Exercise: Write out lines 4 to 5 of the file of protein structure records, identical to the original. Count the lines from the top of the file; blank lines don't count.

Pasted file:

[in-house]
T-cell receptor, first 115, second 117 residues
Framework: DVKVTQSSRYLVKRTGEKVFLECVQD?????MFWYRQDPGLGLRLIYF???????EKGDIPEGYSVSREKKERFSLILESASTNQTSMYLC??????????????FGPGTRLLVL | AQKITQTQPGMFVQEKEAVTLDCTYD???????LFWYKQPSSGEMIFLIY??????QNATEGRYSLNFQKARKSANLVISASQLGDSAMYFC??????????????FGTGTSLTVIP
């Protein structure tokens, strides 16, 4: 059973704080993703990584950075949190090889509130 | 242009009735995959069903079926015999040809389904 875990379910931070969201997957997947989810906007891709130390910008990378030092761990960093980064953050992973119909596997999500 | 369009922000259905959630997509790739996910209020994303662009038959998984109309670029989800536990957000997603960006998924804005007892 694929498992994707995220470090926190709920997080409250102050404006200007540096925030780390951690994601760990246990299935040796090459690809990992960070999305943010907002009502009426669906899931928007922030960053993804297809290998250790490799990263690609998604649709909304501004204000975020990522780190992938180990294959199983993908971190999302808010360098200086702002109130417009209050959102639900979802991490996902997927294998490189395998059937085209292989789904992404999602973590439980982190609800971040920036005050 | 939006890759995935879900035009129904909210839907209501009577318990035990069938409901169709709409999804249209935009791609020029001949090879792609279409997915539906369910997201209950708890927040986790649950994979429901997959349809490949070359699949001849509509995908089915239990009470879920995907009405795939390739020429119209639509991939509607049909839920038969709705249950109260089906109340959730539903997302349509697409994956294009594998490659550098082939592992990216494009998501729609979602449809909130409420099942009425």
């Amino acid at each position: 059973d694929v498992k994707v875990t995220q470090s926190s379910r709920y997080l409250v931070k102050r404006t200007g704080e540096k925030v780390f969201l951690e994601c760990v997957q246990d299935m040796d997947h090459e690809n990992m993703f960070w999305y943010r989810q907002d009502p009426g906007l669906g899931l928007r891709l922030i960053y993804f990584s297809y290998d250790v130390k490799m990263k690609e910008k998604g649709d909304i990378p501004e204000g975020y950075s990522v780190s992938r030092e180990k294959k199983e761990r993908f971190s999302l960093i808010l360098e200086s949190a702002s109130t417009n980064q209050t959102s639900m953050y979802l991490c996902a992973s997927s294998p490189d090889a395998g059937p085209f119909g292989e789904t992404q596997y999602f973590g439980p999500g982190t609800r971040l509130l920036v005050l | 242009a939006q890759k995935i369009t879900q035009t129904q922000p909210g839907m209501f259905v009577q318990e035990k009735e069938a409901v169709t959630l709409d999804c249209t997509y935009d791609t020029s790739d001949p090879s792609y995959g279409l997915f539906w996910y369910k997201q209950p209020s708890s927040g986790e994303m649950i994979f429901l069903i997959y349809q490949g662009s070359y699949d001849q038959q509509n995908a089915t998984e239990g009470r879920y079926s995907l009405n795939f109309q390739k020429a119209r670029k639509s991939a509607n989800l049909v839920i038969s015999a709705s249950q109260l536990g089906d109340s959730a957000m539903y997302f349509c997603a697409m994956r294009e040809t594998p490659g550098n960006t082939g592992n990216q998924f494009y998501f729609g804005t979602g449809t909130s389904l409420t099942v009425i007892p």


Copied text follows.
């Protein structure tokens, strides 16, 4: 059973704080993703990584950075949190090889509130 | 242009009735995959069903079926015999040809389904 875990379910931070969201997957997947989810906007891709130390910008990378030092761990960093980064953050992973119909596997999500 | 369009922000259905959630997509790739996910209020994303662009038959998984109309670029989800536990957000997603960006998924804005007892 694929498992994707995220470090926190709920997080409250102050404006200007540096925030780390951690994601760990246990299935040796090459690809990992960070999305943010907002009502009426669906899931928007922030960053993804297809290998250790490799990263690609998604649709909304501004204000975020990522780190992938180990294959199983993908971190999302808010360098200086702002109130417009209050959102639900979802991490996902997927294998490189395998059937085209292989789904992404999602973590439980982190609800971040920036005050 | 939006890759995935879900035009129904909210839907209501009577318990035990069938409901169709709409999804249209935009791609020029001949090879792609279409997915539906369910997201209950708890927040986790649950994979429901997959349809490949070359699949001849509509995908089915239990009470879920995907009405795939390739020429119209639509991939509607049909839920038969709705249950109260089906109340959730539903997302349509697409994956294009594998490659550098082939592992990216494009998501729609979602449809909130409420099942009425």
């Amino acid at each position: 059973d694929v498992k994707v875990t995220q470090s926190s379910r709920y997080l409250v931070k102050r404006t200007g704080e540096k925030v780390f969201l951690e994601c760990v997957q246990d299935m040796d997947h090459e690809n990992m993703f960070w999305y943010r989810q907002d009502p009426g906007l669906g899931l928007r891709l922030i960053y993804f990584s297809y290998d250790v130390k490799m990263k690609e910008k998604g649709d909304i990378p501004e204000g975020y950075s990522v780190s992938r030092e180990k294959k199983e761990r993908f971190s999302l960093i808010l360098e200086s949190a702002s109130t417009n980064q209050t959102s639900m953050y979802l991490c996902a992973s997927s294998p490189d090889a395998g059937p085209f119909g292989e789904t992404q596997y999602f973590g439980p999500g982190t609800r971040l509130l920036v005050l | 242009a939006q890759k995935i369009t879900q035009t129904q922000p909210g839907m209501f259905v009577q318990e035990k009735e069938a409901v169709t959630l709409d999804c249209t997509y935009d791609t020029s790739d001949p090879s792609y995959g279409l997915f539906w996910y369910k997201q209950p209020s708890s927040g986790e994303m649950i994979f429901l069903i997959y349809q490949g662009s070359y699949d001849q038959q509509n995908a089915t998984e239990g009470r879920y079926s995907l009405n795939f109309q390739k020429a119209r670029k639509s991939a509607n989800l049909v839920i038969s015999a709705s249950q109260l536990g089906d109340s959730a957000m539903y997302f349509c997603a697409m994956r294009e040809t594998p490659g550098n960006t082939g592992n990216q998924f494009y998501f729609g804005t979602g449809t909130s389904l409420t099942v009425i007892p």